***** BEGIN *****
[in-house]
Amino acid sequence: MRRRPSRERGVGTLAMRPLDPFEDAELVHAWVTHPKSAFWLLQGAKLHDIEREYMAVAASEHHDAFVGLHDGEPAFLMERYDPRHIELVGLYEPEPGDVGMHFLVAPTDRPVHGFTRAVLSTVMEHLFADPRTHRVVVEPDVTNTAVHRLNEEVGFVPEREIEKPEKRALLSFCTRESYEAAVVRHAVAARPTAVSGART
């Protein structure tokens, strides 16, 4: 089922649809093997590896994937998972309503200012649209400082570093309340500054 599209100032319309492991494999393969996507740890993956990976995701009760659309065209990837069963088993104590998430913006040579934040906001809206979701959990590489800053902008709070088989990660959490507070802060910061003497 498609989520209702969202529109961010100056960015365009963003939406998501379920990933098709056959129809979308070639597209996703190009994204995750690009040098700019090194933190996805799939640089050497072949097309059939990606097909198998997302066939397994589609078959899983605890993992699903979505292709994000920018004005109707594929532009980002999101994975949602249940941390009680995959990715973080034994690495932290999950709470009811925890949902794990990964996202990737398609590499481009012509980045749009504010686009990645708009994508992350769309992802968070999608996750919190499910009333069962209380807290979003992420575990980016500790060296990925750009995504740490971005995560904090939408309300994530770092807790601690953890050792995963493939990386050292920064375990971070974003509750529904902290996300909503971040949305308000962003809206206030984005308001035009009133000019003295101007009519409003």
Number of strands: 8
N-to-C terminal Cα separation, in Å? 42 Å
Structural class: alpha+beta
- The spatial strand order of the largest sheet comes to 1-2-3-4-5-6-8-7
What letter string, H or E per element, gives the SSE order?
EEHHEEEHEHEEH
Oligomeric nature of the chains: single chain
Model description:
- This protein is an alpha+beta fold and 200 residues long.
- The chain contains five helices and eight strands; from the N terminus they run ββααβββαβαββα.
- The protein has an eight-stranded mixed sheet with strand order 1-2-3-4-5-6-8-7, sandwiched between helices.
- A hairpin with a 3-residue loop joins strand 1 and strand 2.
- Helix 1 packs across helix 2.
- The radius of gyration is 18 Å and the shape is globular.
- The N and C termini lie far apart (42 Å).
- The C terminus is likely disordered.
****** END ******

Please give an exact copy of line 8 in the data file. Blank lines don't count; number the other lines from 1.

What letter string, H or E per element, gives the SSE order?